DES MOINES, Iowa (AP) — Republican presidential candidates take note: the clout of social and religious conservatives is growing in politically crucial Iowa. And these activists are driving the debate here toward cultural issues — and away from the economy — just as the GOP sets out to find an opponent for President Barack Obama.
"They've gotten more involved in the party," said Norm Pawlewski, a lobbyist for the Iowa Faith and Freedom Coalition. "I've seen a change in the kind of people who are volunteering — and not only volunteering but working."
With Obama's re-election race looming next year, this constituency — made up heavily of evangelical Christians — is intent on playing a major role in choosing the winner of next year's Iowa GOP caucuses. It's seeking a repeat of 2008 when it coalesced around the underfunded former Arkansas Gov. Mike Huckabee to give the Southern Baptist minister a surprise first place finish.
Since then, social and religious conservatives have stepped up their organization efforts, including hosting a series of forums for presidential candidates. Two are this week alone.
"They've harnessed the new technology and new methods to organize and activate their members," said veteran Republican strategist Bob Haus. "They are professionally run and they are a top-notch organization."
Maybe a force to be reckoned with, too.
As Drake University political science professor Dennis Goldford put it: "They have essentially the best organization of the various Republican constituencies."
The increased activity by this crop of conservatives has been driven in part by a huge fight in the state last year over gay marriage. Voters ousted three Supreme Court justices because of their role in a decision striking down a ban on same-sex marriage. Activists also were energized by huge GOP gains in the state last fall, including ousting a Democratic governor.
Also, Steve Scheffler, who heads the Faith and Freedom Coalition, said part of the energy surging through social and religious conservatives comes from antipathy to the Obama administration.
"Pure and simple, what's driven that is an administration that few of us would have dreamed would be so bad," said Scheffler.
The increasing dominance of Iowa's social and religious conservatives presents challenges to GOP presidential candidates as they start trooping in earnest to the state whose precinct caucuses traditionally launch the presidential nominating season.
Unlike at the national level where social issues are taking a backseat to the economy, there's no sign that Iowa Republicans are moving away from discussing topics like gay marriage and abortion.
Thus, the state could be fertile ground for likely contenders who play up their opposition to those issues and others that the right detests. Former Pennsylvania Sen. Rick Santorum, former House Speaker Newt Gingrich and former Minnesota Gov. Tim Pawlenty are among those who aren't shying away from those topics.
Conversely, the state landscape also could pose hurdles to GOP hopefuls who are downplaying cultural issues.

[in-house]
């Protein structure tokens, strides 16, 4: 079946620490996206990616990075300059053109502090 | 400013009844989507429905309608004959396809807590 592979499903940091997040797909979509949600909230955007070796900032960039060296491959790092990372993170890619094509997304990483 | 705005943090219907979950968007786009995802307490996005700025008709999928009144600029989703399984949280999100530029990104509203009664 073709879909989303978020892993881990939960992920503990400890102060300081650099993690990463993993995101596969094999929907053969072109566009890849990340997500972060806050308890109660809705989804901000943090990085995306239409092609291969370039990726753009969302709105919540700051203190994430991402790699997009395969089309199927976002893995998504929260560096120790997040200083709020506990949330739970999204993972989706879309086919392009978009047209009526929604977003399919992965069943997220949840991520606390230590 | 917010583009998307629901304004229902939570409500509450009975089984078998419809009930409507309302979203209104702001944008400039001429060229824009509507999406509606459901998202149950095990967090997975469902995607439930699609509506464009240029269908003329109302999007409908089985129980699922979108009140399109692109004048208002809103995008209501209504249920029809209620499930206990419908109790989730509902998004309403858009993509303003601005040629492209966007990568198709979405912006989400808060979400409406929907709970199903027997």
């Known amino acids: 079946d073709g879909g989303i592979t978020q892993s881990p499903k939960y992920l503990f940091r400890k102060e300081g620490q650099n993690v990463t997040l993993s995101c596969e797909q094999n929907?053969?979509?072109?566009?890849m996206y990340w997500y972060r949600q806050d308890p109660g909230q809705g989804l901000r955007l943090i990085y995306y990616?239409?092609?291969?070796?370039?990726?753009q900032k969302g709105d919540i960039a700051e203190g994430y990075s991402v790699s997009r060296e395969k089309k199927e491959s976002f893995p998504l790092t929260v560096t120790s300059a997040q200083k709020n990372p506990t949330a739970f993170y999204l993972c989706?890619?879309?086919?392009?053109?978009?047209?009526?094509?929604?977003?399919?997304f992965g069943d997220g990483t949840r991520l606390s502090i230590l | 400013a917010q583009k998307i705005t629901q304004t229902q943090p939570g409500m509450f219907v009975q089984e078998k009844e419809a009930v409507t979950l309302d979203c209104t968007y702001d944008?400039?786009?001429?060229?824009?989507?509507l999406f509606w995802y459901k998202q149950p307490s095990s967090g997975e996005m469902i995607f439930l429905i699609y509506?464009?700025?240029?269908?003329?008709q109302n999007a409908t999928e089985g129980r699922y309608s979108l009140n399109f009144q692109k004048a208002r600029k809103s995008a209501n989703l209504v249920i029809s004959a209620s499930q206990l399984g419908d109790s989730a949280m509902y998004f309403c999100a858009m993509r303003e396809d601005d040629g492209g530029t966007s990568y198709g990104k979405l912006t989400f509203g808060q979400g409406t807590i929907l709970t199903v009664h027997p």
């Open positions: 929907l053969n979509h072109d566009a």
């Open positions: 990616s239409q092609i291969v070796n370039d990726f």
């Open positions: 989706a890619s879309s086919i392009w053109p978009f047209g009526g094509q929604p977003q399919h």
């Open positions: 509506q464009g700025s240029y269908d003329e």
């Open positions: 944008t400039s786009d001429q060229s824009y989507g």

All-but-declared candidates like Mitt Romney and Haley Barbour have made it clear their campaigns will be focused on the economy. And Indiana Gov. Mitch Daniels, who also is weighing a bid, has suggested the party call "a truce" on fighting over social issues while the economy is in such trouble.
Social and religious conservatives here blanch.
"What would a truce look like?" asked Danny Carroll, who is with the conservative group the Family Leader, which led the charge against the judges. "To those true believers, other things just don't get them out of bed in the morning. If you called a truce, people would just say 'I'll stay home and do something else.'"
Chuck Hurley, who heads the conservative Iowa Family Policy Center, has nothing but disdain for those seeking to downplay social issues.
"Anybody who calls a truce when the abortion clinics are running 24/7 is not a true pro-lifer," said Hurley. "That's giving up the battle."
Steve Roberts, a former member of the Republican National Committee before he was ousted by a religious conservative activist, said those who want social issues to go away are dreaming.
"It's not going to happen in Iowa," said Roberts, who said social and religious conservatives virtually run the show in Iowa. As for moderates, he said: "You can find them occasionally in a large phone booth."
Social and religious conservatives showed their might earlier this month, when 1,500 of them gathered in a suburban Des Moines church to hear a pitch from five potential presidential candidates — and remind them not to stray too far from their religious base.
"If you turn your backs on the pro-family, pro-life constituency you will be consigned to permanent minority status," veteran religious activist Ralph Reed told the cheering throng at the gathering.
Starting this week, there's certain to be even more focus on such issues.
Home school advocates, largely evangelicals, plan a mass rally at the Statehouse on Wednesday, and at least three potential presidential candidates are to attend. And over the weekend, U.S. Rep. Steve King is hosting a forum where five potential candidates are to appear.
Kim Pearson, who won her seat in the Iowa House with opposition to abortion as a key issue, said she expects to hear that same message from White House hopefuls. Said Pearson: "They are going to have to address the social issues" — whether they like it or not.
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